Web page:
7 takeaways from that Wikileaks IMF transcript


There’s nothing like a good controversy to kick-start the weekend. This morning (Saturday) whistle-blowing crusaders Wikileaks released what they purport to be a transcript of an internal conference call by the International Monetary Fund on March 19, assessing the status of the ongoing review of the Greek bailout programme. In the transcript, IMF officials discuss their concerns that the EU is too distracted by the refugee crisis and the Brexit referendum to focus on negotiations with Greece, and that without intervention this may lead to another cliffhanger negotiation, or even risk of default in July, when Greece reaches its next repayment deadline. Sensational interpretations have not been far behind (e.g. Paul Mason’s typically sanguine “IMF plots new ‘credit event’ for Greece – Neoliberalism does not give a shit – part II” – presumably part of a series), but what struck us about this document?

Regular readers will know we love a good leak. We wade tirelessly through turgid audio files to decipher conspiratorial Grexit plots; when duty calls, are not afraid to release (possibly unverified) explosive transcripts ourselves. Once again, we have done the hard work to extract the key “takeaways” (as we say in the boardroom) of the Wikileaks transcript.

1. The sense of corporate ennui and frustration that suffuses this transcript makes it seem all too genuine. Doubt has been cast over its authenticity (Wikileaks do not reveal how it was obtained or from what source, and it has some oddities that make it slightly suspect); however, anyone who has done time on a major project will recognise the slow death of the soul that comes from spending hours in beige conference rooms having the same meeting over and over in bureaucratese, wishing you were somewhere else and wondering when you’re going to see your family again. Stakeholders who can’t agree on the project objectives, let alone metrics and KPIs (“if you go out and say for this year for instance you say they will end up with what you say, -0.5, -1 or something like that”… “-0.5 lets say, if they do all the measures”… “Ok, let’s say -0.5 and the Commission will say that they end with zero or +0.25 or whatever they have”… “+0.5″…); senior management who won’t intervene for fear of losing face (“We should have another meeting like had in Brussels and agree how to proceed”); targets that are fudged (“But can we do what you suggested? Have two programmes with two targets?”); deadlines that drift; missions that creep. “This is going to be a disaster,” says the IMF’s chief negotiator in Athens. Sigh. I know where you’re coming from, my dear. The glamour of international diplomacy isn’t what it’s cracked up to be. All of a sudden, the IMF seems human.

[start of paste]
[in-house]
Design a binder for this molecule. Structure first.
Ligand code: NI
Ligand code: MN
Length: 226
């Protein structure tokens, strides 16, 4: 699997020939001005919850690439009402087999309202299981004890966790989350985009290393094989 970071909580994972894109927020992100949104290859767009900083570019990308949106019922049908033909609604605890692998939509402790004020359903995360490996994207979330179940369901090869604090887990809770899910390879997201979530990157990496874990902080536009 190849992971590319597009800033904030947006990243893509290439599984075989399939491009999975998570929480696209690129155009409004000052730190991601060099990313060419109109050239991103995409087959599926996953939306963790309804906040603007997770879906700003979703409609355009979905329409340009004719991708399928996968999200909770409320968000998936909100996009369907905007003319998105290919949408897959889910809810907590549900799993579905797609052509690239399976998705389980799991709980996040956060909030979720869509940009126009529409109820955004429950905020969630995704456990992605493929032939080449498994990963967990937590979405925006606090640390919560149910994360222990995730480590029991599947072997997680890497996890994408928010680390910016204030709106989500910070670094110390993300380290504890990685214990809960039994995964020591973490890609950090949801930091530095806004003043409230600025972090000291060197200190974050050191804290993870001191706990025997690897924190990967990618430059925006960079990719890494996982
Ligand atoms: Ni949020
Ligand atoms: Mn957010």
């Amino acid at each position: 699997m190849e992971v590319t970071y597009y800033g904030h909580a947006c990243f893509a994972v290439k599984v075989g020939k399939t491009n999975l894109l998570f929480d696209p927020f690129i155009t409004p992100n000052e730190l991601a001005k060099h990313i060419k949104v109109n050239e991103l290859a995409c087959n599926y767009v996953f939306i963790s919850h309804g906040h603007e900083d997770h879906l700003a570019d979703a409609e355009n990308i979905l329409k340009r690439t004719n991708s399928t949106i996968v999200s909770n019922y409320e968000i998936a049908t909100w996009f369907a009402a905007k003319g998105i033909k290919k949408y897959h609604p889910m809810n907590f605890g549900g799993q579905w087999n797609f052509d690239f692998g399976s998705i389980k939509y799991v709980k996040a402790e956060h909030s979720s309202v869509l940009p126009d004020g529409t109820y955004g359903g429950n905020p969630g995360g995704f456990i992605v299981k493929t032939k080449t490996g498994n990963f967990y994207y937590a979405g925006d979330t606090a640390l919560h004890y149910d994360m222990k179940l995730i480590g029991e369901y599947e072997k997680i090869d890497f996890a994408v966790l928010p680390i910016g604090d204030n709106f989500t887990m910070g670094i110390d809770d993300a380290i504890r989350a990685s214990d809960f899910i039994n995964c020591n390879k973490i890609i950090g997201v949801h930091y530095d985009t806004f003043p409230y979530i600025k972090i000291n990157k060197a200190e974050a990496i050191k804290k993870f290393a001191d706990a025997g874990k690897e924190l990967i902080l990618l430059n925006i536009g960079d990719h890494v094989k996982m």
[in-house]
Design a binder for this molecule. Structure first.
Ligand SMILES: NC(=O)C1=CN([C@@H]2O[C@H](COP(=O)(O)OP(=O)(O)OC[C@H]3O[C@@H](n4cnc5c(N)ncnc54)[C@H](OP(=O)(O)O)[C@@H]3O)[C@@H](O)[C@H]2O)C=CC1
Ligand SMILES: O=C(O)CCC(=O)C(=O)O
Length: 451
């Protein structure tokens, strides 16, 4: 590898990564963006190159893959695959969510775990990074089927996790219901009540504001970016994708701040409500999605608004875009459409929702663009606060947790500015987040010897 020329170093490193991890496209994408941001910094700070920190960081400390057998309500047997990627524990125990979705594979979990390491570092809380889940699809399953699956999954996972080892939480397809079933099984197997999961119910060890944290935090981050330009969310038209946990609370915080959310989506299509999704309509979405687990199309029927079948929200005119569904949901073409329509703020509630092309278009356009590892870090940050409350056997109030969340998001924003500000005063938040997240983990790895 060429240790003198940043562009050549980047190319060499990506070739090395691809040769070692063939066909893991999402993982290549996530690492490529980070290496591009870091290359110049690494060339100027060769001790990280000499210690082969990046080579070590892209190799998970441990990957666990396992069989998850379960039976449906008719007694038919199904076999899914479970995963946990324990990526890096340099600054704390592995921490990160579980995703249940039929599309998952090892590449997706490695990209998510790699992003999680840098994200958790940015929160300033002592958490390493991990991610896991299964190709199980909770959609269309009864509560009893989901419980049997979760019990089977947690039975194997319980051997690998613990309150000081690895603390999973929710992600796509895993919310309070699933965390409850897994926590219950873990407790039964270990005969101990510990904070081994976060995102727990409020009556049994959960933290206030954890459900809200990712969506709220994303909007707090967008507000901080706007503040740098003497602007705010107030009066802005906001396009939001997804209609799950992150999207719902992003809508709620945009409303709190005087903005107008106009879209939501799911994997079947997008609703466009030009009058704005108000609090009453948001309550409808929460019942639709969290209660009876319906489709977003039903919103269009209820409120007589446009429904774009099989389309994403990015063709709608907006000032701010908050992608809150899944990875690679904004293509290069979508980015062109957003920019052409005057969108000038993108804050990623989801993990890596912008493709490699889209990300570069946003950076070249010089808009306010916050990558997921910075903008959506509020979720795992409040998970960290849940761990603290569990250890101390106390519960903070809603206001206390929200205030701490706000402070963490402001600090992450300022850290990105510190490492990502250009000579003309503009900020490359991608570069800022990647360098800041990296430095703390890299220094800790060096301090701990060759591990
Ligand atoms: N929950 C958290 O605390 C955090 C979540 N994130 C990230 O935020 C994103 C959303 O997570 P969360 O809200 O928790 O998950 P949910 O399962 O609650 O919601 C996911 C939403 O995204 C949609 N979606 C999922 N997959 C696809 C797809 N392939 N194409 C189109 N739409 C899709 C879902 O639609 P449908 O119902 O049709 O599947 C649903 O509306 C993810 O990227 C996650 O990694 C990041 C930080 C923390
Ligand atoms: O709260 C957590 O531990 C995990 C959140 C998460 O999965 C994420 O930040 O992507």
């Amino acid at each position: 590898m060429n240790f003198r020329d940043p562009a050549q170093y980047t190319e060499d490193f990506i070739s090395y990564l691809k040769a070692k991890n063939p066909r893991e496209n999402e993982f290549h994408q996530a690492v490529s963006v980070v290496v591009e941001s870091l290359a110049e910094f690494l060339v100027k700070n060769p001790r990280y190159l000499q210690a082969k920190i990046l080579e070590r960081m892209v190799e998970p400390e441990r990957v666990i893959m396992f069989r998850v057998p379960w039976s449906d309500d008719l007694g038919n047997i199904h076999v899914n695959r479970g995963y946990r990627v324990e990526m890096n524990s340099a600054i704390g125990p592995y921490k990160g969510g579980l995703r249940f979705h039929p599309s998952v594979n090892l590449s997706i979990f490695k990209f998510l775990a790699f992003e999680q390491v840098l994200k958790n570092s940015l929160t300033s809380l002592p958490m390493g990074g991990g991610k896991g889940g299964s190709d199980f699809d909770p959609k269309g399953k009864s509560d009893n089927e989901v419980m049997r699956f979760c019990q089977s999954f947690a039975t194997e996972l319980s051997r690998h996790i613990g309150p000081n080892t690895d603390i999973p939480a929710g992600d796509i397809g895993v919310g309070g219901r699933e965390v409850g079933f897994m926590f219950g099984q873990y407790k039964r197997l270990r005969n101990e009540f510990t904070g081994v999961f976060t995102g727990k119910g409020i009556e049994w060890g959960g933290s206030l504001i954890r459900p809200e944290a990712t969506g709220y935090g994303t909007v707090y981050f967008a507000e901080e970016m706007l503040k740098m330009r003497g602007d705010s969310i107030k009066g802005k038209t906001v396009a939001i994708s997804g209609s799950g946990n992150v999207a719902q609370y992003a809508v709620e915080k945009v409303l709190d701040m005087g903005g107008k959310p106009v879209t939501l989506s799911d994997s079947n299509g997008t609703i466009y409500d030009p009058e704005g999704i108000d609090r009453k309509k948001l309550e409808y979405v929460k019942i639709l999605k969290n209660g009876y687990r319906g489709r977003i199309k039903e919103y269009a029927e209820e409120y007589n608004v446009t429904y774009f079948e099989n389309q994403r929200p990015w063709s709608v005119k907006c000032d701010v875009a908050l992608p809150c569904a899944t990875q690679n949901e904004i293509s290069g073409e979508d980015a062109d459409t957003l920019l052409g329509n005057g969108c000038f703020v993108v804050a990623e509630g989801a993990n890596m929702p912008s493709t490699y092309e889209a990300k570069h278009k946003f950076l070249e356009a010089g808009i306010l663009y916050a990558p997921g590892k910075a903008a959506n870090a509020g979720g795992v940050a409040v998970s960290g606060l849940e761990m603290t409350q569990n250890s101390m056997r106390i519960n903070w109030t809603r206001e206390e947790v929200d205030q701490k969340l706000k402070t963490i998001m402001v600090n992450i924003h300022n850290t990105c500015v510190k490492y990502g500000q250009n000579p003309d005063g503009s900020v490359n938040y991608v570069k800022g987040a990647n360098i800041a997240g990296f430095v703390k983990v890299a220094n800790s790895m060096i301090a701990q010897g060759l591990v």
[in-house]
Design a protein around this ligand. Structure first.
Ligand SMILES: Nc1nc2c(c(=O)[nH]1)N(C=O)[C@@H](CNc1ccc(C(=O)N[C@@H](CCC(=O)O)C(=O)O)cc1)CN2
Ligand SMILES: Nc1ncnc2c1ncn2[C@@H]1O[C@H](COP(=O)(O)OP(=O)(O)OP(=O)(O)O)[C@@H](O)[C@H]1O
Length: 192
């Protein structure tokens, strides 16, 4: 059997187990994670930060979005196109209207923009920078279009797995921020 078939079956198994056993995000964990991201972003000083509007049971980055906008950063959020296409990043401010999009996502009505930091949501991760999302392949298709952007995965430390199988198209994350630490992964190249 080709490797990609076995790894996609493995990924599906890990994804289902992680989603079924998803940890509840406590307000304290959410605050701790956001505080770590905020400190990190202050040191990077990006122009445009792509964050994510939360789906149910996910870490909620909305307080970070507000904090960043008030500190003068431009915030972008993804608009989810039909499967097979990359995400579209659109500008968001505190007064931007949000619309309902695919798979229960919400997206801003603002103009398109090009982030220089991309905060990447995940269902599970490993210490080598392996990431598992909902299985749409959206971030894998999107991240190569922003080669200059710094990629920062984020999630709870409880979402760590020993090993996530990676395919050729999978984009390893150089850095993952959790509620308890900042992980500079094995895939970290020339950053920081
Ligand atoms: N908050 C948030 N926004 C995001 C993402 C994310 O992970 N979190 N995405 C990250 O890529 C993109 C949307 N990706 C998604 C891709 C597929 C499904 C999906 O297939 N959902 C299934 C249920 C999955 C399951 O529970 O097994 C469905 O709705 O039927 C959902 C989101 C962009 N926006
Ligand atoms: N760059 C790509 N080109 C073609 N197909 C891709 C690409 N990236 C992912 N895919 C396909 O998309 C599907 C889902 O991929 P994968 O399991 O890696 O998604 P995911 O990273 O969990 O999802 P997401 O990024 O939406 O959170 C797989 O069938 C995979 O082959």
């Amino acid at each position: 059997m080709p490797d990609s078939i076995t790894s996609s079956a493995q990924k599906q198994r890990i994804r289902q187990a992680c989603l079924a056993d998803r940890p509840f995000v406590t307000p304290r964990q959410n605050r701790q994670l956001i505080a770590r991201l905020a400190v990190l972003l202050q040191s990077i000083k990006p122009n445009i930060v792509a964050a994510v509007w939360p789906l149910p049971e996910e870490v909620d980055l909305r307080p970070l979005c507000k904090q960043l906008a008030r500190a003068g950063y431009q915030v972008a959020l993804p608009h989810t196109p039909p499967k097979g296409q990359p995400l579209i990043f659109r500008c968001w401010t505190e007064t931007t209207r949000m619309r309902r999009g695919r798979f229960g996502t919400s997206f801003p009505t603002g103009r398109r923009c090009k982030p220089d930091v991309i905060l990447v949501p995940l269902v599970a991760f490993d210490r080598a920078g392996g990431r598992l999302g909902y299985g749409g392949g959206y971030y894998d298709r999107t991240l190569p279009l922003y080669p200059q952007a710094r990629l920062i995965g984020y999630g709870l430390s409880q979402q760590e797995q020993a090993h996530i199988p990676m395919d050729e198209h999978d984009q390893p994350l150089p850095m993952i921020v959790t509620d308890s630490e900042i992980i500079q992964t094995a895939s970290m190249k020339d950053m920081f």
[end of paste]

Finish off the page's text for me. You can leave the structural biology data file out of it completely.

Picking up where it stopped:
2. What makes it slightly less familiar and therefore (maybe) less convincing? It’s all business. There is no smalltalk. Plenty of dithering about business but no deviating from it. No “going anywhere nice on holiday?” (the call took place just before the Easter break, after all). No internal politics, no bitching about absent colleagues or negotiating counterparties. No quibbling over expense forms. No swearing, not a single tiny F-bomb (this must be how the international institutions differ from investment banking, cf. “Wolf of Wall Street”, “The Big Short”). I suspect the IMF must fish in the same recruiting pool as the FBI. I admire their ruthless efficiency but I’m not sure I would fit in (sound of cv being balled up and tossed in the general direction of the bin).